Friday, June 9, 2017

Lucky Space

One summer's day in the Nineties I spent a few minutes with a couple of friends observing a roiling mass of offspring in the unfinished basement of one's 1920s Dutch Colonial house. The kids had built a fort using the cushions of the partially-eviscerated sofa that faced the tv across a very weary piece of carpet. They were adding anything else they could lift. The other friend, who lived in a new house, looked around at the cement and Doug fir timber of the room with nothing to lose and remarked, "You are so lucky to have a space like this."

I, too, enjoy a basement with nothing to lose. Recently the in-house geek claimed it as his own. The room has been christened Trog, has the fastest Internet in the house, and will soon host a telecommuter. 

The basement and equally unfinished attic spaces are not taxed and save huge amounts of energy. I dry laundry in one or the other as the season suggests, and the production value of the square footage speaks for itself -30- More after the jump.

Thursday, June 8, 2017

Running Lights

Long in advance of next winter's need, when it gets dark at 3:30, I contemplated the pedestrian safety lighting on my side bag. Several years' experimentation produced the most convenient format yet for battery-powered lights that let drivers talking on the phone know that I am crossing the street.

The Great Big Hiking Co-op sells little anti-acid sized lights that are designed to loop onto a zipper pull. I put one on each end of my bag, fore and aft. They're useful also for note-making in the middle of the night.

This safety experiment has given me a new appreciation of bling -30- More after the jump.

Wednesday, June 7, 2017

The Crow Park

Several years ago, decades of vegetative growth collided with the growth of the city . I found that the orchard of dwarf trees was crowding the lot while new apartment buildings loomed overhead. It became necessary to open up the garden spaces inside the fence line. 

An obliging tree butcher took the fruit trees down to the ground, exposing irregular patches of turf. I assumed it would take several seasons to restore the fine-bladed old fashioned grass, and it has. What I did not anticipate was how much the local birds would appreciate the open but sheltered area.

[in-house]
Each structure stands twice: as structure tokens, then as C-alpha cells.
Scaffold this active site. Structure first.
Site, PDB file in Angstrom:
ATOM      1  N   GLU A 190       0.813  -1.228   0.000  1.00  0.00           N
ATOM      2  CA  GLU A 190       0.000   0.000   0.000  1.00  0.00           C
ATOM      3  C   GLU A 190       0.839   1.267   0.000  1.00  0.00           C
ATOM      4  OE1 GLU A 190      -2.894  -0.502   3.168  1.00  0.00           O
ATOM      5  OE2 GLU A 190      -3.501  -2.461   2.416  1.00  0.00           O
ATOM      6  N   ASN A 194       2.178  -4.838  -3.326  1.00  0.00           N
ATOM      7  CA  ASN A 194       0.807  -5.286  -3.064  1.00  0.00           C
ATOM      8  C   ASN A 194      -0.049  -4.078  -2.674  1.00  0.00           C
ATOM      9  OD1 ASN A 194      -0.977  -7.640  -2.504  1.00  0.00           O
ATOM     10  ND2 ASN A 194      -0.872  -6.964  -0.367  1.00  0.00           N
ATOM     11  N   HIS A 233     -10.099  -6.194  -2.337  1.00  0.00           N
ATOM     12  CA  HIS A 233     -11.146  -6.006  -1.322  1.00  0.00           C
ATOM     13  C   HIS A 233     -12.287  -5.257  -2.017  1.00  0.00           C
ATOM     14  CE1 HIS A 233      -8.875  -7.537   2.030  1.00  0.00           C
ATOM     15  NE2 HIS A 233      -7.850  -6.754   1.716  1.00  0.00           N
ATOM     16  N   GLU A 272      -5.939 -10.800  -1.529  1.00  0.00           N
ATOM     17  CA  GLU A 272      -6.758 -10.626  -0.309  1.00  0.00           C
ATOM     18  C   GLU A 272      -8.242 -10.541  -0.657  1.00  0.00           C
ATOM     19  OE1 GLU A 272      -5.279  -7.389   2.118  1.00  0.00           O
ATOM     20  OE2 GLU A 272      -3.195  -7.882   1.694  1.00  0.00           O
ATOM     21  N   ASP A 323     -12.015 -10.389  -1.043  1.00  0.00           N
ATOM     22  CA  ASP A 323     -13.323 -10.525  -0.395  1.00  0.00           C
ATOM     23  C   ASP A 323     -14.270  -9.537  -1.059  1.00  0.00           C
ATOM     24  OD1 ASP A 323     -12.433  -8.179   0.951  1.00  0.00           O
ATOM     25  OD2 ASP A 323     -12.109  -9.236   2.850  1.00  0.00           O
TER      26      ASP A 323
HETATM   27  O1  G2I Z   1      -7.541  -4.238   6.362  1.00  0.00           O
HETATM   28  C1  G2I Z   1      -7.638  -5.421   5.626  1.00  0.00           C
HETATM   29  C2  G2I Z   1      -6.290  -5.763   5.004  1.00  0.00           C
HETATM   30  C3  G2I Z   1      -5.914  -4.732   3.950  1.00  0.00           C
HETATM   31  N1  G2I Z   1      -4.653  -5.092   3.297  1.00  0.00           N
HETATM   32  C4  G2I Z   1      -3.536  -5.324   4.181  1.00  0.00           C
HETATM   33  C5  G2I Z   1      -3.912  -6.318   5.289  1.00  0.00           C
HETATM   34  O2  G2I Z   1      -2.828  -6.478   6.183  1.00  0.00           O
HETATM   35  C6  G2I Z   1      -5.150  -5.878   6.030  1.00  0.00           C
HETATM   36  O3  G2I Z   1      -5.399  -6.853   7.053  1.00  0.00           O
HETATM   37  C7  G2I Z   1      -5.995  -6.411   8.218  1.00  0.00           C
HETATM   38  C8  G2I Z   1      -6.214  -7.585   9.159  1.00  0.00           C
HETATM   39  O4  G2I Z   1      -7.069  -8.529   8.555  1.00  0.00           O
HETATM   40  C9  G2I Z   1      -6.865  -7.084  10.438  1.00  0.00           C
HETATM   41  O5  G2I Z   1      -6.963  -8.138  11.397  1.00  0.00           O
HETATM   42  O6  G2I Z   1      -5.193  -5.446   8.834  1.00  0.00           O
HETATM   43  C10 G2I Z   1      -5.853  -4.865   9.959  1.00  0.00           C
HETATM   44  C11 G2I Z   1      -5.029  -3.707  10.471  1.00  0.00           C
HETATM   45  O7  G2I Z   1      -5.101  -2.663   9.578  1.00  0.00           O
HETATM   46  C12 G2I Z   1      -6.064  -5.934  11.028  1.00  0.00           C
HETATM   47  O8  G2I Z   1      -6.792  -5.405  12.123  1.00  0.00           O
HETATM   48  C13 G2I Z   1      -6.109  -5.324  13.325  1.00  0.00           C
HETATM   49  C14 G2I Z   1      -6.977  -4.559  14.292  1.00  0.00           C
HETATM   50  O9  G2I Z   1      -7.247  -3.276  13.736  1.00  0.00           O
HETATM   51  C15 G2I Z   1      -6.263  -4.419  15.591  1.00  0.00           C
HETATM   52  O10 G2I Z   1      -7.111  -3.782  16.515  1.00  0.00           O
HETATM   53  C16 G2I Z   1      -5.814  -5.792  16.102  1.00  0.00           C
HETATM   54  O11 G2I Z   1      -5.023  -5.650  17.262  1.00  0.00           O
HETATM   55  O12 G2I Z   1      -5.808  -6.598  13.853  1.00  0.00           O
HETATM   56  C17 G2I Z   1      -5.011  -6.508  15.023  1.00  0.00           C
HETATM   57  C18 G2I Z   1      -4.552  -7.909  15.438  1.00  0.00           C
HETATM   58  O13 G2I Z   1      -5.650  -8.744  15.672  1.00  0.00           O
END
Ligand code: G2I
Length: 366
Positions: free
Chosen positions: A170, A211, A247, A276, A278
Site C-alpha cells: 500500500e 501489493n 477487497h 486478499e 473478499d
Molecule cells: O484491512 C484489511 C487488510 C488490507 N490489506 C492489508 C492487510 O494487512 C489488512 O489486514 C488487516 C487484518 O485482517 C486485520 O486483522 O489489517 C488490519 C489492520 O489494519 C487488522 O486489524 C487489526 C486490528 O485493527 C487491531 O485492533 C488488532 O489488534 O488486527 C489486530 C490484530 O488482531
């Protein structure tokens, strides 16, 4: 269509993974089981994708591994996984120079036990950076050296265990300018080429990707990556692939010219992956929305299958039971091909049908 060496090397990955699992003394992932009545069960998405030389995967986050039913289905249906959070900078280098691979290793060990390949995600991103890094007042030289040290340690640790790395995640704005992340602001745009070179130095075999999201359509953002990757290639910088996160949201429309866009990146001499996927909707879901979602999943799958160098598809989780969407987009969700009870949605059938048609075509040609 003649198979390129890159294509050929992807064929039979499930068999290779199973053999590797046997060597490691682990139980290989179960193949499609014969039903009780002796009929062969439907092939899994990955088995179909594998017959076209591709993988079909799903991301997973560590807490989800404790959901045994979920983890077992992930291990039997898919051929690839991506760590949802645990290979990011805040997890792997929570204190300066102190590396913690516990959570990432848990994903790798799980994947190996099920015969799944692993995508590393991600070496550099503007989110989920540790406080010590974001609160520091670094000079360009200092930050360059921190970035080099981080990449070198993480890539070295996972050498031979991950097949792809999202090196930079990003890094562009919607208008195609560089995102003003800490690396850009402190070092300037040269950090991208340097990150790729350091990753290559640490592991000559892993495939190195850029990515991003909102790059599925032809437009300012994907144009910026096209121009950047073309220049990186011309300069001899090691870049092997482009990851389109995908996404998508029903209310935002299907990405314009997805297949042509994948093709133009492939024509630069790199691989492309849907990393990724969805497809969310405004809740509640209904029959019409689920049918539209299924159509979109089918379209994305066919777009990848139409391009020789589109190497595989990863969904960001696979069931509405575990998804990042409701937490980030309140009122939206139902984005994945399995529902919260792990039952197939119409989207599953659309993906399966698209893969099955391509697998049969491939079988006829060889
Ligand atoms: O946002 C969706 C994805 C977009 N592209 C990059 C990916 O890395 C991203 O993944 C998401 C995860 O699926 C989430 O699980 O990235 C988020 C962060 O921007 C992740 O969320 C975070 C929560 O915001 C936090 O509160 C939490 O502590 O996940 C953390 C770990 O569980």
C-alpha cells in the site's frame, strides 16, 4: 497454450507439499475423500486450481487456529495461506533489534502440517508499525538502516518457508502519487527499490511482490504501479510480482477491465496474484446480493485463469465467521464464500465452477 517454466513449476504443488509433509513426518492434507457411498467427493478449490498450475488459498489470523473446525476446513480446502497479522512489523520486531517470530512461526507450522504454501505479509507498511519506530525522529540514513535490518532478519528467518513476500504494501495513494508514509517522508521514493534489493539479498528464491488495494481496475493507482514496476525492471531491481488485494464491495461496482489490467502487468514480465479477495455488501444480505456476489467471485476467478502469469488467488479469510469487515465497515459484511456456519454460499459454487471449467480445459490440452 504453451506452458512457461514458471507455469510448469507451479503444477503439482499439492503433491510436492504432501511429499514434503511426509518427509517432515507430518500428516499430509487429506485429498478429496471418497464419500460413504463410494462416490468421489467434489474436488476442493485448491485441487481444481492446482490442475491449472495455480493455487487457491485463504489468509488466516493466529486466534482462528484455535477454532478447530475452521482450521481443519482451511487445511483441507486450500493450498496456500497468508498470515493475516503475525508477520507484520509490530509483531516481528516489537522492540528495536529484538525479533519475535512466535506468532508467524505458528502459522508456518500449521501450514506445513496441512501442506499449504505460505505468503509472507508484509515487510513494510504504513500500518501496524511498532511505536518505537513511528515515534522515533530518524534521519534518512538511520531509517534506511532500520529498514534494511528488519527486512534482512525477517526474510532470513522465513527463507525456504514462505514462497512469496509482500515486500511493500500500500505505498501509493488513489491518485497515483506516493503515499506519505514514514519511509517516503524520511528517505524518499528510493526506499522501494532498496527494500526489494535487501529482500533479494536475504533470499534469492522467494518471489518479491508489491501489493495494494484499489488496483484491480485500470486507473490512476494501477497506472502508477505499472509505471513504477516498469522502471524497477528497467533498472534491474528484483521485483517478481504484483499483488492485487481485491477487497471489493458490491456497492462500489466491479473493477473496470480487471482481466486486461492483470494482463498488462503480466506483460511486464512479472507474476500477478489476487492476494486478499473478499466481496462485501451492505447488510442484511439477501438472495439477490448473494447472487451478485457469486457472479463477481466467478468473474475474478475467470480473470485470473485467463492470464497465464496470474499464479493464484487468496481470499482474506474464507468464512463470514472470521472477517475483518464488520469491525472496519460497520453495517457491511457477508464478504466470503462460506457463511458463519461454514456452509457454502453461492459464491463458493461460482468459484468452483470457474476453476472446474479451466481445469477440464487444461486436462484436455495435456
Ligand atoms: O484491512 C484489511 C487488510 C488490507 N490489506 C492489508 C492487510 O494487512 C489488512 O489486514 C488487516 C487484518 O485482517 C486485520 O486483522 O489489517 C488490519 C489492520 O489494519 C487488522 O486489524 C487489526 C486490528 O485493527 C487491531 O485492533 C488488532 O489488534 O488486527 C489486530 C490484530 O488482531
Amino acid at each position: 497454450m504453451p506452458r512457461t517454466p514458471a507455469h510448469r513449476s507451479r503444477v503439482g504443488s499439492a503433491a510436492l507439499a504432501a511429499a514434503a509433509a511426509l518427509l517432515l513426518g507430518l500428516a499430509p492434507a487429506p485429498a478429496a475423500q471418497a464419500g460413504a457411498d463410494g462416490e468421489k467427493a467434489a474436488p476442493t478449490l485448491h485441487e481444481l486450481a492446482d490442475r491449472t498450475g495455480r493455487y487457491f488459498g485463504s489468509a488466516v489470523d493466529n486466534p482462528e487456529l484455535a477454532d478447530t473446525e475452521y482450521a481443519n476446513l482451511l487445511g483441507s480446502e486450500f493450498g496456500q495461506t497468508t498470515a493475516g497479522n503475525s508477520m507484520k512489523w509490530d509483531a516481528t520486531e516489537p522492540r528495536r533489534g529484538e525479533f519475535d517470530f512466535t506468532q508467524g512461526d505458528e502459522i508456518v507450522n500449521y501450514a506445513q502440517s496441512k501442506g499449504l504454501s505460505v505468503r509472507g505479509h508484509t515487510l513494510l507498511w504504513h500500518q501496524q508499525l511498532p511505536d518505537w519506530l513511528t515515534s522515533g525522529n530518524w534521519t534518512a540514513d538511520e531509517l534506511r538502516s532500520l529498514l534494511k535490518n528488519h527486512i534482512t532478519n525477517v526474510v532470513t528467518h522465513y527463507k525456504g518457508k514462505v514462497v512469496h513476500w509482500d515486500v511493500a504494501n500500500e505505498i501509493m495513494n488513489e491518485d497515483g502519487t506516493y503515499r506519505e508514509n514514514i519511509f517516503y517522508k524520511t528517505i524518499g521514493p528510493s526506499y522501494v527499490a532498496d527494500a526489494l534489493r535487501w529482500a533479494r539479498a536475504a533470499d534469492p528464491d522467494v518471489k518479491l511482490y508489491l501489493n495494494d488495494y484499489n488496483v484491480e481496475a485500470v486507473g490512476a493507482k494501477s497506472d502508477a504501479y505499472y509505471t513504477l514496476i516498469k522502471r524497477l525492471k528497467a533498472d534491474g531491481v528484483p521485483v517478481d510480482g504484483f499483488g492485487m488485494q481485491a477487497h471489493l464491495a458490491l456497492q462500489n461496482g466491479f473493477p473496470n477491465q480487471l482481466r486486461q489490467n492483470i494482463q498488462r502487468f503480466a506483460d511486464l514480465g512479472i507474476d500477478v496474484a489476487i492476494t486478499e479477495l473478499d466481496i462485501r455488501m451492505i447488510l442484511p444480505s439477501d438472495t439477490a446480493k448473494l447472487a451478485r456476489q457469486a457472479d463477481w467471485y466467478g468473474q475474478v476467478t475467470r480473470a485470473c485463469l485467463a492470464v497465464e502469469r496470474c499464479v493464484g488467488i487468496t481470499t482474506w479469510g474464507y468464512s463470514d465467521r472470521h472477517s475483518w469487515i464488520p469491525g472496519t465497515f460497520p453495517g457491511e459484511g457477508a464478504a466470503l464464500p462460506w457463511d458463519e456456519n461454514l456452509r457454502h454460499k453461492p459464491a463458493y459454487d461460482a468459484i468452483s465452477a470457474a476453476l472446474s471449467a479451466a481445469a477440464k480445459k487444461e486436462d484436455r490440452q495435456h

The restored lawn is fenced on three sides with a clear line of sight to the area that is not enclosed. The birds seem to be using it as a rest area from the medium density neighborhood that surrounds it. We mow garden waste on the lawn to feed it and to save on solid waste fees. The mowings feed worms that feed birds.

The local crows have grown sociable, and the robins are nearly as complacent as chickens -30- More after the jump.

Tuesday, June 6, 2017


I bought a cheap car-camping grade enameled steel percolator to replace an over-priced, over-styled tea kettle that died prematurely. My snazzy induction hot plate demands a ferrous vessel. I'd used perks before and was not impressed with the transparent top on the new lid, that allows one to observe coffee boiling counter-productively up through the tube. The new bubble is plastic rather than glass.

The first thing I do with any percolator is recycle the aluminum innards, because the technology is a crime against coffee. The energy advantage of the vertical pot design is green, though. Water boils three times faster than in a conventionally-shaped kettle. It turns out, too, that the plastic bubble is not only presumably cheaper to produce and ship, it's safer to use, being cooler to the touch -30- More after the jump.

Monday, June 5, 2017

Grape Scissors

In a moment of uncharacteristically conscious folly, my partner and I decided that our lives would not be complete until we owned a pair of grape scissors. The silver-plated gizmo is designed to cut just the right-sized personal cluster of grapes off a bunch on a serving dish. Not surprisingly, we found grape scissors at a good price in an antique store in Victoria, B.C. Demand did not seem to be very high. I tucked the scissors into a storage chest and used them now and then, always wondering why I had bothered in the first place. I didn't understand their styling, that whiffed of pretense.

A couple of weeks ago, Pard brought home a couple of especially dense clusters of grapes. Accustomed to using two hands to detach a serving, I found that the scissors are designed to cut and hold their quarry like flower pruners, allowing one-handed retrieval. The design is pure function intended to support graceful upper body gestures at the table. The spurs on the handles give physical advantage to the grip, and the flaring blunted blades allow stealthy access to hidden stems. No more living like an animal, at least for the moment. 

Economist and tool purveyor Paul Hawken extolled the advantages of what he called intelligence in product design. His Next Economy discusses industrial design and the nature of money. Hawken maintains that the price of a barrel of oil is the real currency, or was in 1983. Steve Jobs showed the world what intelligence can do coupled with electricity. The grape scissors and other designs of the late nineteenth and early Twentieth centuries demonstrate the energy advantages built into the human body. A traditionally designed sharp hand tool is often faster to use, cheaper, and easier to store than a higher tech alternative -30-

More after the jump.